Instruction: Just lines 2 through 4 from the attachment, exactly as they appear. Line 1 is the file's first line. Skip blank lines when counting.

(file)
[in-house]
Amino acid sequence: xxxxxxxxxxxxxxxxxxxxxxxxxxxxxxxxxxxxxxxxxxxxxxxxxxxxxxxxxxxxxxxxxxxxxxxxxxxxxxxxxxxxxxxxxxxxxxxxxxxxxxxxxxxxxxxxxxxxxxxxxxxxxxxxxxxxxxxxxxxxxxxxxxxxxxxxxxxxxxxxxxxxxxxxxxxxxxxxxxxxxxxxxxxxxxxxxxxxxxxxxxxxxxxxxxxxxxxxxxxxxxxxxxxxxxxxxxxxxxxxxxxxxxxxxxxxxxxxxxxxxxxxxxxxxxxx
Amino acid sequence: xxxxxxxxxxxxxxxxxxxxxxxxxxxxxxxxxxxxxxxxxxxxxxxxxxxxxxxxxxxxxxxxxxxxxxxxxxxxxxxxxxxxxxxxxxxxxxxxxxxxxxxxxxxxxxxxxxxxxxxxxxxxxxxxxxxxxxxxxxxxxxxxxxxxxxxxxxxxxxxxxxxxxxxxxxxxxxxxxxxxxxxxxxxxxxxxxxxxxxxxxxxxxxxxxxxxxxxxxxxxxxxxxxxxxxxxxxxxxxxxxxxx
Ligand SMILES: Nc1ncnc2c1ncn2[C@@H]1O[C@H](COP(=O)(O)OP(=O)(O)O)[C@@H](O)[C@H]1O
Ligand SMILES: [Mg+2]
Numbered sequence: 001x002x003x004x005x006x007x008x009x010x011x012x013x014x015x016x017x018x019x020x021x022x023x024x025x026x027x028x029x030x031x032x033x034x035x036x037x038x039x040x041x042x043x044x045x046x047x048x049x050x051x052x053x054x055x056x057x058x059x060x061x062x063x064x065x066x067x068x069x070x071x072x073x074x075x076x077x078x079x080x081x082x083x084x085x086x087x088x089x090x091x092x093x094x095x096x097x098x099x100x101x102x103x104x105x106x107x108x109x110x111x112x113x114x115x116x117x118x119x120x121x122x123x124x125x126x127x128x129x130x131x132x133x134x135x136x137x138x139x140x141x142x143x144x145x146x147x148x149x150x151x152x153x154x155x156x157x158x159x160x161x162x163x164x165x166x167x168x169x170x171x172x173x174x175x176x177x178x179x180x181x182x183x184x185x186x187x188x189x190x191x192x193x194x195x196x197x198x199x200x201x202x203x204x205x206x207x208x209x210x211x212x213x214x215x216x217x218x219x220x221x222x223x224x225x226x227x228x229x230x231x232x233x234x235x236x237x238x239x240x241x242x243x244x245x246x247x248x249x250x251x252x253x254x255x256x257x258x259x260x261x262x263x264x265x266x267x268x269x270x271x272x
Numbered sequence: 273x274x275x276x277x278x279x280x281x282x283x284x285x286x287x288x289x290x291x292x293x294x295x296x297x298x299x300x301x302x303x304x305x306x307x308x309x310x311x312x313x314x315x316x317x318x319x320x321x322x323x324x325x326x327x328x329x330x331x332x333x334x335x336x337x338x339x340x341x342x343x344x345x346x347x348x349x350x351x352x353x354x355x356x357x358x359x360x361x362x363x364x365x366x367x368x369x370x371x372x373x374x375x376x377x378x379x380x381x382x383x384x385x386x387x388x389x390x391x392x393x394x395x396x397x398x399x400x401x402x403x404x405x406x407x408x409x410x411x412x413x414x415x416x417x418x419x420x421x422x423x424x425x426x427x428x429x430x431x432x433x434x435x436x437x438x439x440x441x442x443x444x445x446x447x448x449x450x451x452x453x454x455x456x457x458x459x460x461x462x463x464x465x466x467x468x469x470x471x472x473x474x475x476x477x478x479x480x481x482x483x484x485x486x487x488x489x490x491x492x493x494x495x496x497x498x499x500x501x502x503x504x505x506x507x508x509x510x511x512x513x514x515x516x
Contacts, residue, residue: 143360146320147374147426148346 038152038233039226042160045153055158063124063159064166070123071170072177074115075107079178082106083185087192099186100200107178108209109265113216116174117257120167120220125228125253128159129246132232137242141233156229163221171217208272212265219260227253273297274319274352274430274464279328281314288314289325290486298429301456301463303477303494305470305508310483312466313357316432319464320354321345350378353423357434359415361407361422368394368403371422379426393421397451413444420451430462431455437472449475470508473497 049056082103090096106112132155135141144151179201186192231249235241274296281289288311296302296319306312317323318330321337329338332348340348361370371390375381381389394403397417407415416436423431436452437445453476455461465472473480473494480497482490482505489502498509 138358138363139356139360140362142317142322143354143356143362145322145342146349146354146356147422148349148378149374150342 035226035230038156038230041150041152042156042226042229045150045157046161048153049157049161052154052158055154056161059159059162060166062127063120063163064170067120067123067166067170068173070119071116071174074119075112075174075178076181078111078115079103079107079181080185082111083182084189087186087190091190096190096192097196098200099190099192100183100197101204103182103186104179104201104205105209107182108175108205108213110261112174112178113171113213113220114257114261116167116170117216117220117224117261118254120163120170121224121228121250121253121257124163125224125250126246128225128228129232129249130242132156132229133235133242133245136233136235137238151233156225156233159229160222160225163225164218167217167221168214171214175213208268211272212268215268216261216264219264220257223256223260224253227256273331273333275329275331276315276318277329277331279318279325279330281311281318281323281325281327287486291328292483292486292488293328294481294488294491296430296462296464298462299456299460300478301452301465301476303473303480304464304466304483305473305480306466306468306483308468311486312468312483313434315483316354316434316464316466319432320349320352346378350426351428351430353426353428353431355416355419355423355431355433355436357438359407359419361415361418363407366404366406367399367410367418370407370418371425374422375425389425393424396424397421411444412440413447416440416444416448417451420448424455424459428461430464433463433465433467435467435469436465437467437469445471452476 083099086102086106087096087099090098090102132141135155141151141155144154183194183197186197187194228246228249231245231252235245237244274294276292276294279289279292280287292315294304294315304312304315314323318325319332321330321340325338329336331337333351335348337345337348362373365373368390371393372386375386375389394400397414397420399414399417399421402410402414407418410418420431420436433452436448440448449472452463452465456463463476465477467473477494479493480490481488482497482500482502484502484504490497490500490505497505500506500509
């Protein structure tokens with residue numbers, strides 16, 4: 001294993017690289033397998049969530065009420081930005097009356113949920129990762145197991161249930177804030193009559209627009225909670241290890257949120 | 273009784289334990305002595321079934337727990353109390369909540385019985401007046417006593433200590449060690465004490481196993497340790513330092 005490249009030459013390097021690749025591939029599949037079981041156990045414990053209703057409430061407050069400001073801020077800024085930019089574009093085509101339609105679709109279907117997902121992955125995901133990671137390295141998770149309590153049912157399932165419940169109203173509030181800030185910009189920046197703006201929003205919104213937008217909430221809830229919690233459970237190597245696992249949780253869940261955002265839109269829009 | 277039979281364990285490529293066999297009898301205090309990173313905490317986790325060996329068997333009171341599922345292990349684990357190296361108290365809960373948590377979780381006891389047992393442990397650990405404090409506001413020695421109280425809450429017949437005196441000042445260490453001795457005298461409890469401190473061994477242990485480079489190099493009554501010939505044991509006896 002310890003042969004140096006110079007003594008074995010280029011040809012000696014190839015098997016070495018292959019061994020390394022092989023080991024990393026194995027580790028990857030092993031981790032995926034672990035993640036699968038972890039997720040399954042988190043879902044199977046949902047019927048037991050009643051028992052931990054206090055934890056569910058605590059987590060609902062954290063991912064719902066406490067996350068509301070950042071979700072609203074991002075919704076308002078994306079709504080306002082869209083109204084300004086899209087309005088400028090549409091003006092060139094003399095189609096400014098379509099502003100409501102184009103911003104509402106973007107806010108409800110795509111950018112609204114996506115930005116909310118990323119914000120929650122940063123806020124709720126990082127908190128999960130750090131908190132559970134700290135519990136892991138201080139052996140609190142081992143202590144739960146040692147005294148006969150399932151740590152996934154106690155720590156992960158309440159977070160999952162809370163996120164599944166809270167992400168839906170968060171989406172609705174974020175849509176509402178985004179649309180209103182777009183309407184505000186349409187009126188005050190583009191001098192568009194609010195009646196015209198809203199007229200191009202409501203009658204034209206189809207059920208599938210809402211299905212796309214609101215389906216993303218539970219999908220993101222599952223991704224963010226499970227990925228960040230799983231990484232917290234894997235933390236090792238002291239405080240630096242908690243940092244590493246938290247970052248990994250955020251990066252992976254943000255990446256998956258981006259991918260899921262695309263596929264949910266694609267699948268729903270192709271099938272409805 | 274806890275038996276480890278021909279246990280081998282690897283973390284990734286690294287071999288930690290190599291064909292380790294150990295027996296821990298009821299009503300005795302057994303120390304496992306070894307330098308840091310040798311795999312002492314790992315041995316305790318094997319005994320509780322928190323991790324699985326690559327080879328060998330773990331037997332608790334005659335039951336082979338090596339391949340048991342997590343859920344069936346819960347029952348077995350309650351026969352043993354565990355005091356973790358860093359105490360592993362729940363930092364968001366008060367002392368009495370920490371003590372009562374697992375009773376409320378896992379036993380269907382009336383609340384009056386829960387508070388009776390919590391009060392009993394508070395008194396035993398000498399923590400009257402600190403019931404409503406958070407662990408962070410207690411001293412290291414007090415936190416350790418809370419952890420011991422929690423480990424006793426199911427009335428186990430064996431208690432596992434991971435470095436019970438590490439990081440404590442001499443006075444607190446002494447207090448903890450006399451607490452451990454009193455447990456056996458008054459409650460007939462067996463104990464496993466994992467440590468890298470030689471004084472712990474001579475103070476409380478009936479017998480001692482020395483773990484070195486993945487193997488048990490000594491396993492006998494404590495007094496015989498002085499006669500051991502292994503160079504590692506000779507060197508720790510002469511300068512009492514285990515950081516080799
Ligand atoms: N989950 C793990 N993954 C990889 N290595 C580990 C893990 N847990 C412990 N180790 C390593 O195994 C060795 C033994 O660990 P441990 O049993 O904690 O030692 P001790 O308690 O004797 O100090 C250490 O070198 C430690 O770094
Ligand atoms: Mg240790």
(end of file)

Amino acid sequence: xxxxxxxxxxxxxxxxxxxxxxxxxxxxxxxxxxxxxxxxxxxxxxxxxxxxxxxxxxxxxxxxxxxxxxxxxxxxxxxxxxxxxxxxxxxxxxxxxxxxxxxxxxxxxxxxxxxxxxxxxxxxxxxxxxxxxxxxxxxxxxxxxxxxxxxxxxxxxxxxxxxxxxxxxxxxxxxxxxxxxxxxxxxxxxxxxxxxxxxxxxxxxxxxxxxxxxxxxxxxxxxxxxxxxxxxxxxxxxxxxxxxxxxxxxxxxxxxxxxxxxxxxxxxxxxx
Amino acid sequence: xxxxxxxxxxxxxxxxxxxxxxxxxxxxxxxxxxxxxxxxxxxxxxxxxxxxxxxxxxxxxxxxxxxxxxxxxxxxxxxxxxxxxxxxxxxxxxxxxxxxxxxxxxxxxxxxxxxxxxxxxxxxxxxxxxxxxxxxxxxxxxxxxxxxxxxxxxxxxxxxxxxxxxxxxxxxxxxxxxxxxxxxxxxxxxxxxxxxxxxxxxxxxxxxxxxxxxxxxxxxxxxxxxxxxxxxxxxxxxxxxxxx
Ligand SMILES: Nc1ncnc2c1ncn2[C@@H]1O[C@H](COP(=O)(O)OP(=O)(O)O)[C@@H](O)[C@H]1O